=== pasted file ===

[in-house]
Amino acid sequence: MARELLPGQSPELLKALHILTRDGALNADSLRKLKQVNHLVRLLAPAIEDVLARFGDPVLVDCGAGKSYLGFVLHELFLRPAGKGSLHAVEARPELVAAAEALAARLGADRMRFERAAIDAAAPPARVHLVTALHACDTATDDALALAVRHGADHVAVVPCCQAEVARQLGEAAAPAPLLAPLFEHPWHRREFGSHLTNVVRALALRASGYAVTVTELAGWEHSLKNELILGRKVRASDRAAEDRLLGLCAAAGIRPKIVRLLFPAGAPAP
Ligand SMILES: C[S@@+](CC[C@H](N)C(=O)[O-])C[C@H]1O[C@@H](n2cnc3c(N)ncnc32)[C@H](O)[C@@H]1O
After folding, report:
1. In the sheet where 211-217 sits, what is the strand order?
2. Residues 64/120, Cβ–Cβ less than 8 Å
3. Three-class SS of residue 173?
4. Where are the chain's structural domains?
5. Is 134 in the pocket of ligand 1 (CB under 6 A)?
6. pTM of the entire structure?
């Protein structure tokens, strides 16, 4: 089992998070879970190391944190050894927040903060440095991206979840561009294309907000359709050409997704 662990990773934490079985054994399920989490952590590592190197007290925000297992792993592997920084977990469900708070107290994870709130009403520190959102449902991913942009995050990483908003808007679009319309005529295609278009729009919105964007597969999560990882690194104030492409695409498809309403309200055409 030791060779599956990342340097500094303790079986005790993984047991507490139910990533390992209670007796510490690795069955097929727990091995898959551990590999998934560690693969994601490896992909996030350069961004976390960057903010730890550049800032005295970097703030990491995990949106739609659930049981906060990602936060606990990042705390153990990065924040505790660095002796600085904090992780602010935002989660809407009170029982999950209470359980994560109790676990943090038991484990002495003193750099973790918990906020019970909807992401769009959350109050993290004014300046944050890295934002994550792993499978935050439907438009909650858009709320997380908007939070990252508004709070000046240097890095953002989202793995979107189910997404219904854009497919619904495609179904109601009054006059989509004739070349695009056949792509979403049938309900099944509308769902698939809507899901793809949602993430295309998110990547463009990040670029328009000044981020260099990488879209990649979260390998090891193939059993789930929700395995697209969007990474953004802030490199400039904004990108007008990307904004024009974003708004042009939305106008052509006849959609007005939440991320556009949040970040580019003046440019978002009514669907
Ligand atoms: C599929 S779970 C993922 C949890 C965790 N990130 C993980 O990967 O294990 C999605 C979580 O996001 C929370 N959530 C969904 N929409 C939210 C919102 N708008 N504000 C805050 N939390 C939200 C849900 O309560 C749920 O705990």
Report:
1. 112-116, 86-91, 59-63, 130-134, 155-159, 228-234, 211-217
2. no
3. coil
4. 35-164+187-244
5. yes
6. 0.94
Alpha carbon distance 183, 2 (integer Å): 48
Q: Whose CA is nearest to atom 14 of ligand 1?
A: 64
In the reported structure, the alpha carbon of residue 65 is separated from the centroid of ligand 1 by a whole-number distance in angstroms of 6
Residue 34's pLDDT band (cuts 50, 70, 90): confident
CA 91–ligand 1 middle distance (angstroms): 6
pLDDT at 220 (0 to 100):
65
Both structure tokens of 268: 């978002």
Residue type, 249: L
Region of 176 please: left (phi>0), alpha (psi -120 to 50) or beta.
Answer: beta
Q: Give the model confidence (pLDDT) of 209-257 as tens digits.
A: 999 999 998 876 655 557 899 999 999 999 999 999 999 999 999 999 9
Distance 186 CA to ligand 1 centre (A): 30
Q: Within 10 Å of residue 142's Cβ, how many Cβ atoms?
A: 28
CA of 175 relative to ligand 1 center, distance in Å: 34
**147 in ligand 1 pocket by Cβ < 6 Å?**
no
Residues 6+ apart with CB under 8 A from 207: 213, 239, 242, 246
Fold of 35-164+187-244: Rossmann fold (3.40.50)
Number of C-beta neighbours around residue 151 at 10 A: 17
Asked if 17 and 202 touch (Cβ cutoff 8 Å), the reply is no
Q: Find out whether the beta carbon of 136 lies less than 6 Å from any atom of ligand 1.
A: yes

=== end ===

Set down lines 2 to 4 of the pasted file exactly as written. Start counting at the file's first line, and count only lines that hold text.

Amino acid sequence: MARELLPGQSPELLKALHILTRDGALNADSLRKLKQVNHLVRLLAPAIEDVLARFGDPVLVDCGAGKSYLGFVLHELFLRPAGKGSLHAVEARPELVAAAEALAARLGADRMRFERAAIDAAAPPARVHLVTALHACDTATDDALALAVRHGADHVAVVPCCQAEVARQLGEAAAPAPLLAPLFEHPWHRREFGSHLTNVVRALALRASGYAVTVTELAGWEHSLKNELILGRKVRASDRAAEDRLLGLCAAAGIRPKIVRLLFPAGAPAP
Ligand SMILES: C[S@@+](CC[C@H](N)C(=O)[O-])C[C@H]1O[C@@H](n2cnc3c(N)ncnc32)[C@H](O)[C@@H]1O
After folding, report: